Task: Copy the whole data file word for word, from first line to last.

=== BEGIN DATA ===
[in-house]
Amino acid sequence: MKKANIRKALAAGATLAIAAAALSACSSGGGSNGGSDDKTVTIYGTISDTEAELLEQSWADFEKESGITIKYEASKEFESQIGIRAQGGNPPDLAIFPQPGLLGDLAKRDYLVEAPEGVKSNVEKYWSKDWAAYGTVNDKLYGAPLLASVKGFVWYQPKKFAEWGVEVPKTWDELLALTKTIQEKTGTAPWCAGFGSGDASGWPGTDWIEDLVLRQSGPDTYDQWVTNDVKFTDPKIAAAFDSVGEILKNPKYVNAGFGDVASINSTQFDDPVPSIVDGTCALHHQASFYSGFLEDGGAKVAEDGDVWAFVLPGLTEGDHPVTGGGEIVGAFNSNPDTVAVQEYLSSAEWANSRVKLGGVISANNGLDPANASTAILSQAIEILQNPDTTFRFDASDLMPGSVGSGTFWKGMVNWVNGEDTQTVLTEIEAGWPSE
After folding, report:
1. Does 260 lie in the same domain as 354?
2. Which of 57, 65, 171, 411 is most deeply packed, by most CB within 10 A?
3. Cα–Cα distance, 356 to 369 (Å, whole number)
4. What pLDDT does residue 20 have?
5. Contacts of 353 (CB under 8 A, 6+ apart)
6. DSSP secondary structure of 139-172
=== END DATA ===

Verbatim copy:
[in-house]
Amino acid sequence: MKKANIRKALAAGATLAIAAAALSACSSGGGSNGGSDDKTVTIYGTISDTEAELLEQSWADFEKESGITIKYEASKEFESQIGIRAQGGNPPDLAIFPQPGLLGDLAKRDYLVEAPEGVKSNVEKYWSKDWAAYGTVNDKLYGAPLLASVKGFVWYQPKKFAEWGVEVPKTWDELLALTKTIQEKTGTAPWCAGFGSGDASGWPGTDWIEDLVLRQSGPDTYDQWVTNDVKFTDPKIAAAFDSVGEILKNPKYVNAGFGDVASINSTQFDDPVPSIVDGTCALHHQASFYSGFLEDGGAKVAEDGDVWAFVLPGLTEGDHPVTGGGEIVGAFNSNPDTVAVQEYLSSAEWANSRVKLGGVISANNGLDPANASTAILSQAIEILQNPDTTFRFDASDLMPGSVGSGTFWKGMVNWVNGEDTQTVLTEIEAGWPSE
After folding, report:
1. Does 260 lie in the same domain as 354?
2. Which of 57, 65, 171, 411 is most deeply packed, by most CB within 10 A?
3. Cα–Cα distance, 356 to 369 (Å, whole number)
4. What pLDDT does residue 20 have?
5. Contacts of 353 (CB under 8 A, 6+ apart)
6. DSSP secondary structure of 139-172